Blatchington Mill School and Sixth Form College was formed in 1979 from the amalgamation of Hove Grammar School for Boys, Knoll Boys School, and Nevill County Secondary School. See more about former students on our Alumni Page.
The School takes its name from West Blatchington Windmill which is situated just outside the school gates. The earliest pictorial record of the windmill is a pen and ink sketch by John Constable in 1825. The windmill is a 'smock' windmill. The name was given to this design of wooden tower mills that resembled the smock frocks worn by the millers of the period. It has six sides (they normally have eight) and is clad in cedar boarding. The mill ceased working around 1900 but is now restored and a Grade II listed building.
If you would like to pay a visit, the mill is open on Sundays and Bank Holiday Mondays 2.30-5.00pm from May to September inclusive. More information on the mill is available from the Sussex Mills Group.
School's 75th Anniversary
On the 16th September 2011 the School celebrated its 75th Aniversary, read more here [pdf].
The Mural Wall Painting, West Wing Foyer
Painted originally in 1956 by A. Harrison, an Old Boy of the former Grammar School, the mural painted over the main staircase was restored in 1994 by Sheila French, funded by the Old Boys Association, in memory of Gwen Brackley, who was for many years Secretary of the Association.
In addition to the then familiar faces of staff members, the mural is dominated by a figure representing humanity, whose noble head is turned to the higher ideals of life, and who is upholding peace and goodness. Represented traditionally by a white dove, and at the same time attempting to subdue war and the evil of man, this is symbolised by an eagle. The latter, struggling to be free, has its talons stretched towards the material works of man, and overshadows his endeavours with dark and flapping wings.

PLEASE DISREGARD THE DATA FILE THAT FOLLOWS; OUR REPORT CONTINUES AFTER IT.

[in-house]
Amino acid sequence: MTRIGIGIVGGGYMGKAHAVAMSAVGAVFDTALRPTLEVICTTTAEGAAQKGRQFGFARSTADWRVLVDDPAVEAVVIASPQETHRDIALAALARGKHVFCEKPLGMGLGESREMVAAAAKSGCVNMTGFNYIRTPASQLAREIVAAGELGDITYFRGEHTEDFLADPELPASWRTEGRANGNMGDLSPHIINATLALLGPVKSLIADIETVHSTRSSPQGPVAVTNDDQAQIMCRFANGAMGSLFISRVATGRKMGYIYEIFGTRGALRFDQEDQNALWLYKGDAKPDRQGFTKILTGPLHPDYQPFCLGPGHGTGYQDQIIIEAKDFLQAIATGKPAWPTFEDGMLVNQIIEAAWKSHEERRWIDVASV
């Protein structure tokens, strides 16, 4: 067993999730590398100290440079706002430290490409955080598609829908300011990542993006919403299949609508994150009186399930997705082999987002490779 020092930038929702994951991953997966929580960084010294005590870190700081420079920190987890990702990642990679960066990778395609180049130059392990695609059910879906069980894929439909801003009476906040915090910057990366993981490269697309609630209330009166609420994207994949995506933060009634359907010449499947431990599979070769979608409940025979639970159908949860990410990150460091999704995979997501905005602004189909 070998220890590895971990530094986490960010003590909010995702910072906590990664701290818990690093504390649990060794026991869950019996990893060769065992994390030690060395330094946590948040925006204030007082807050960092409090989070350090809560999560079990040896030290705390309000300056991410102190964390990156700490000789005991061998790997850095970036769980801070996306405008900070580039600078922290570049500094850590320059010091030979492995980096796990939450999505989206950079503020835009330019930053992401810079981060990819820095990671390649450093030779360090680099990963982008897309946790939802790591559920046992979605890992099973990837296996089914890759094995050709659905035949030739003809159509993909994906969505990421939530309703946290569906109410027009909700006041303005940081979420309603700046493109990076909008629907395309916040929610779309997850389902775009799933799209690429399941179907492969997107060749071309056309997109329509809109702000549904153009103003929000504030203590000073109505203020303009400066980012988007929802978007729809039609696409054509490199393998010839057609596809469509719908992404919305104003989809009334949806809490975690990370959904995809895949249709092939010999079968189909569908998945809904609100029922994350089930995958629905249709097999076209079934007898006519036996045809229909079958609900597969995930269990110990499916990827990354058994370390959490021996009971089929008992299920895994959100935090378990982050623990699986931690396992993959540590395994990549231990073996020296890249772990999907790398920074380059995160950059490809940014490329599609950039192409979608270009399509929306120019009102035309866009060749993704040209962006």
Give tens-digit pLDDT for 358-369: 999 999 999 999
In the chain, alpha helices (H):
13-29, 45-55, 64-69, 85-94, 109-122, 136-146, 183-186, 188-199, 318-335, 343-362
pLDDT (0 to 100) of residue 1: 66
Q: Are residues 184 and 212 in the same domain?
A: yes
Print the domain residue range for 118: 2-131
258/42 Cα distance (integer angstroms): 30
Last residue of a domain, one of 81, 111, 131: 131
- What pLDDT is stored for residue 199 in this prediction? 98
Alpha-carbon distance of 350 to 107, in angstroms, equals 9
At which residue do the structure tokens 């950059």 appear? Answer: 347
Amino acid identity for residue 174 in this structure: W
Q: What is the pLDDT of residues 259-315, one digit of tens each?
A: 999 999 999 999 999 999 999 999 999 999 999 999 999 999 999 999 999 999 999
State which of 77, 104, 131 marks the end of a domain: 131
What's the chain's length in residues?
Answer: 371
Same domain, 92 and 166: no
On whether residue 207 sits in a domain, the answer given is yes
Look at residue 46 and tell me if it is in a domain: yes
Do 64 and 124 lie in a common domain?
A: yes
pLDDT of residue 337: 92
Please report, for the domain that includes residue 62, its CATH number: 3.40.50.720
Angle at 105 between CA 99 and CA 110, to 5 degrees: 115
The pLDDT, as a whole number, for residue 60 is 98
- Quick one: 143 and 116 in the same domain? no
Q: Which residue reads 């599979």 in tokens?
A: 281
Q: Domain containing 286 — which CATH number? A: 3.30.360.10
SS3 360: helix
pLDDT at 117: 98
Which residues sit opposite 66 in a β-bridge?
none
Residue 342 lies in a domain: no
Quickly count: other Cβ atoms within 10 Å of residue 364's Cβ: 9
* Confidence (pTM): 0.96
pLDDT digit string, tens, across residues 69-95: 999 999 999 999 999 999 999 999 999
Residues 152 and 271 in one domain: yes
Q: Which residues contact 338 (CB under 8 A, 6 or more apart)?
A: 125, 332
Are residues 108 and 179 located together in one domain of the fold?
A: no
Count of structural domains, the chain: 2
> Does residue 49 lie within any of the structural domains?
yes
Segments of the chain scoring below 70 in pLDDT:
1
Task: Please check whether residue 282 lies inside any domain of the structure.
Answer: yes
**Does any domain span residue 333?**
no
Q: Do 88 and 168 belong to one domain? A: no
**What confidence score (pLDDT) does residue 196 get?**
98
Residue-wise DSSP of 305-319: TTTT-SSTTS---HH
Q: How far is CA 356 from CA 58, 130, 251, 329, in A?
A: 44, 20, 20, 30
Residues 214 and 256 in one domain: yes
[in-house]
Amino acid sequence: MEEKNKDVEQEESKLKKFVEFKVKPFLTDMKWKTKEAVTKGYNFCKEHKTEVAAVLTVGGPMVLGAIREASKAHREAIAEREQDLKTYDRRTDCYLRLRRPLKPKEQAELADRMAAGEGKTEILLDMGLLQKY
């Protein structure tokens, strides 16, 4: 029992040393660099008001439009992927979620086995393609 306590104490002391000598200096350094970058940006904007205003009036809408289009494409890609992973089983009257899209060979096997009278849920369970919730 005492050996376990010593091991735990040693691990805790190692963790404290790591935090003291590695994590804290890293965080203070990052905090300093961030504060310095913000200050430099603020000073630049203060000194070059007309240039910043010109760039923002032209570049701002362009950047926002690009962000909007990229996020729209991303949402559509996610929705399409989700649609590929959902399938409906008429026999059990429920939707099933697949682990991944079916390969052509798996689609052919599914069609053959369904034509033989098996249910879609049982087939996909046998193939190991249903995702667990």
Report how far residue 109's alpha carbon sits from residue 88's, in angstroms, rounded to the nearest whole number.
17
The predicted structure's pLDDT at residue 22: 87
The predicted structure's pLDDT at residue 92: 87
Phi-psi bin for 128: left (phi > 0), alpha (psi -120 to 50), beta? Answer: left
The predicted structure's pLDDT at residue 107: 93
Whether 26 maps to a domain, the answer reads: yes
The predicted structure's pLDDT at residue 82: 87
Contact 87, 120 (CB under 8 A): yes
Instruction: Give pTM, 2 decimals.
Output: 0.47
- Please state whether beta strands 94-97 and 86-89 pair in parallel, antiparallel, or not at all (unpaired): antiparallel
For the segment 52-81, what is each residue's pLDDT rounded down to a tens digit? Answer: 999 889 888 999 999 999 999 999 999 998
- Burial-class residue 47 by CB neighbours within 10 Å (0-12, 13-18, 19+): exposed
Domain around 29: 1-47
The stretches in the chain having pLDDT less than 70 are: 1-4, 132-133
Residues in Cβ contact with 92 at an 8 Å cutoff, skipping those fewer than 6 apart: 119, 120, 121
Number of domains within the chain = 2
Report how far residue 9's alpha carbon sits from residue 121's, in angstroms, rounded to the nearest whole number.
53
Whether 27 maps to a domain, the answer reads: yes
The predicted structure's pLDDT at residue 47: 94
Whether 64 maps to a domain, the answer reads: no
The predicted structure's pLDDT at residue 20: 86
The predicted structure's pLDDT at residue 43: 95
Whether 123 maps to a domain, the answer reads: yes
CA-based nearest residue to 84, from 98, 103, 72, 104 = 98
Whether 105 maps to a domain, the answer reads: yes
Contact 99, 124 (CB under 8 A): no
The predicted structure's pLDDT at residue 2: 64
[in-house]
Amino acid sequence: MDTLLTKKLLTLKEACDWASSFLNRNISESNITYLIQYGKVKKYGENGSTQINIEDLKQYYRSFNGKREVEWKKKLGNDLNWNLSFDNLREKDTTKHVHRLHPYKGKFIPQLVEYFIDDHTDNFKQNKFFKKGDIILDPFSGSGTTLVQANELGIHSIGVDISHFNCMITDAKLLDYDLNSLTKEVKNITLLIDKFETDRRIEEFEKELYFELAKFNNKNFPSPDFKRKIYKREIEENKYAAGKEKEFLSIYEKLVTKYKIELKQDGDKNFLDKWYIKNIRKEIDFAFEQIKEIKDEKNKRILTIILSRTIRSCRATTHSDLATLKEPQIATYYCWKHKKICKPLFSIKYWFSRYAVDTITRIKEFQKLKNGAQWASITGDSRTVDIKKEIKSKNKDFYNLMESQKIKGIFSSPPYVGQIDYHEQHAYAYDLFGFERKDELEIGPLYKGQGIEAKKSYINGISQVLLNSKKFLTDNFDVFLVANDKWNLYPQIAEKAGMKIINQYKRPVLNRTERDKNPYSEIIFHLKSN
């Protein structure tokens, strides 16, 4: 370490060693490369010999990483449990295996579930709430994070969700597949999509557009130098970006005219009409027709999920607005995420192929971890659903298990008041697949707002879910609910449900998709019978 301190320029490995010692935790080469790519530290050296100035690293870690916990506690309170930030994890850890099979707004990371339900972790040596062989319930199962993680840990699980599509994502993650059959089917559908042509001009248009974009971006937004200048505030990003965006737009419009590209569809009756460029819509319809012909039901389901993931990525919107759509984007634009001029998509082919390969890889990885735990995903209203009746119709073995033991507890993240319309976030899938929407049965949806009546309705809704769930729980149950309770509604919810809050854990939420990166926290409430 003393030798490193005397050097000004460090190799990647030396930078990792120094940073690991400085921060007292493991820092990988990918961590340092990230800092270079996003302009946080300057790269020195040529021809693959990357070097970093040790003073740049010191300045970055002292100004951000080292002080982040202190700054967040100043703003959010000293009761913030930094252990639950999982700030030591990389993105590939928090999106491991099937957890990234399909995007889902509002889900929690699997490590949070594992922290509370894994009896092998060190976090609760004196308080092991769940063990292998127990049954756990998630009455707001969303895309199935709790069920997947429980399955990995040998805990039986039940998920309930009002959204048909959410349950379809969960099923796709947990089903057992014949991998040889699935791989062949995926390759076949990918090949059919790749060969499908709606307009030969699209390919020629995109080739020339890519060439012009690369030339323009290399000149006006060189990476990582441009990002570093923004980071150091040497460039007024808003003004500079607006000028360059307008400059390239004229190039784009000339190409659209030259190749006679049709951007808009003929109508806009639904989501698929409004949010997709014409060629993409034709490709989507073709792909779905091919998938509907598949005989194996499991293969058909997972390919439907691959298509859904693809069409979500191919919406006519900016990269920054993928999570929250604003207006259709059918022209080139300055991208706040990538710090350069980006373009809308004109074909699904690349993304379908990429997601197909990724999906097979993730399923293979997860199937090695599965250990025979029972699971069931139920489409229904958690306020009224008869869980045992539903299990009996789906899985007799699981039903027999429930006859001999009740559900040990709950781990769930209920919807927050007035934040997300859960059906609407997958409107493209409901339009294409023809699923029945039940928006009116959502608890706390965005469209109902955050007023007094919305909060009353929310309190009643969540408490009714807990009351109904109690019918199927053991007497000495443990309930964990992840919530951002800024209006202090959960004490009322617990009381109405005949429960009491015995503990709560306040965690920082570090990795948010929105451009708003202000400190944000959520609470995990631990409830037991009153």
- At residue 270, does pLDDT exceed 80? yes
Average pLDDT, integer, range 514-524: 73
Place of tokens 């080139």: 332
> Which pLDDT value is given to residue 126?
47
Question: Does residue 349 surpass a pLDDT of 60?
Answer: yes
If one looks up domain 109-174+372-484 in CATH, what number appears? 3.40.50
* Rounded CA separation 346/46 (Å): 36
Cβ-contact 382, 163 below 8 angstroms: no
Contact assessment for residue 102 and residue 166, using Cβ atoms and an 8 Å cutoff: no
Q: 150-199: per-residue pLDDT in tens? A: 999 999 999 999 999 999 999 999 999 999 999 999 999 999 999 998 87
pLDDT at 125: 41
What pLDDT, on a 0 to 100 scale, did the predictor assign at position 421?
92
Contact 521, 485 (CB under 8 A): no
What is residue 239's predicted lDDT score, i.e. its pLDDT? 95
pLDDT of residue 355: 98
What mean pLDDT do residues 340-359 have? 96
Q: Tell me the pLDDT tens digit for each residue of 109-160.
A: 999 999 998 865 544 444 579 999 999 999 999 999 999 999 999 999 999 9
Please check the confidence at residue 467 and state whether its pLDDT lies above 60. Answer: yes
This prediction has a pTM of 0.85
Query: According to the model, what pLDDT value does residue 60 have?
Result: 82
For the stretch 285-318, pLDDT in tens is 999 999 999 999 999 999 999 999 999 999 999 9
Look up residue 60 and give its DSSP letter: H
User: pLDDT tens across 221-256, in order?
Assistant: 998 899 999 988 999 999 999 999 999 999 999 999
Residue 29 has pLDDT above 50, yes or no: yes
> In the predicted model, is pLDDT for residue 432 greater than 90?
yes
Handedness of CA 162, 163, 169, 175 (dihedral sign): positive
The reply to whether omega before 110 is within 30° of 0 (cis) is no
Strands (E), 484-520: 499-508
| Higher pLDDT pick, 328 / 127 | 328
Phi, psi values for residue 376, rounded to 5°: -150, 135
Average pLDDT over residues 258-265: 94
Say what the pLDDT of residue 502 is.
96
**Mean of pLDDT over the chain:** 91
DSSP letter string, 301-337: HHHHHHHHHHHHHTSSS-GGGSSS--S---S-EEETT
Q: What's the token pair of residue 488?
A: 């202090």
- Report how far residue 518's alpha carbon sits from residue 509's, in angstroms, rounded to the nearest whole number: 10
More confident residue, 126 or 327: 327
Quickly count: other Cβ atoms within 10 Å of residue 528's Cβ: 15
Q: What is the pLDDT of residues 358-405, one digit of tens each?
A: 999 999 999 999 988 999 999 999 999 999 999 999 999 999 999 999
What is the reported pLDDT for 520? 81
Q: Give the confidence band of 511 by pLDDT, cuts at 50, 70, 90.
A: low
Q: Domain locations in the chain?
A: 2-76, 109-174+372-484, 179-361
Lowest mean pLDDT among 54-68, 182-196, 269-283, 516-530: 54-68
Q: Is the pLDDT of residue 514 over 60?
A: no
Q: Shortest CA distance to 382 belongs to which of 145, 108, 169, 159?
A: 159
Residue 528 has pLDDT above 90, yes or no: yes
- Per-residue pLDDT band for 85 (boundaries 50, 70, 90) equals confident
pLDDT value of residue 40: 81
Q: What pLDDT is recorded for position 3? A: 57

At the foot of the staircase below the eagle is a townscape with some local features, in which people are seen going to work. Some of the workmen have their faces turned upwards; struggling to rise above their humdrum existence and climb the staircase to a greater awareness of life.
At the top, new building can be seen in progress, and education is prominent, which is one of the means by which man can achieve his ideals. Youth is now the keynote. Their guides, to make it personal to this school, bear the faces of the then present masters; but this should not blind you to their significance as representing that section of the community whose job it is to prepare young people for life, and to install into them ideals and ambitions proper to civilised people. From this lofty platform, somewhat isolated perhaps from the world below where the common man lives through his monotonous routine, descends a stream of boys going out into life to build and work, taking with them the skills and knowledge that may make our world a better one.
The family group at the head of the stairs is a traditional grouping of man, woman and child held within an ovoid, which signifies the creation that is repeated all around us throughout our lives, and is a reminder of the glory and magnificence of God. Without this note, the mural might have been too materialistic and lacking in the reverence due to our Creator.
With grateful thanks to Alan Pratt, Hove Grammar School 1953 - 1958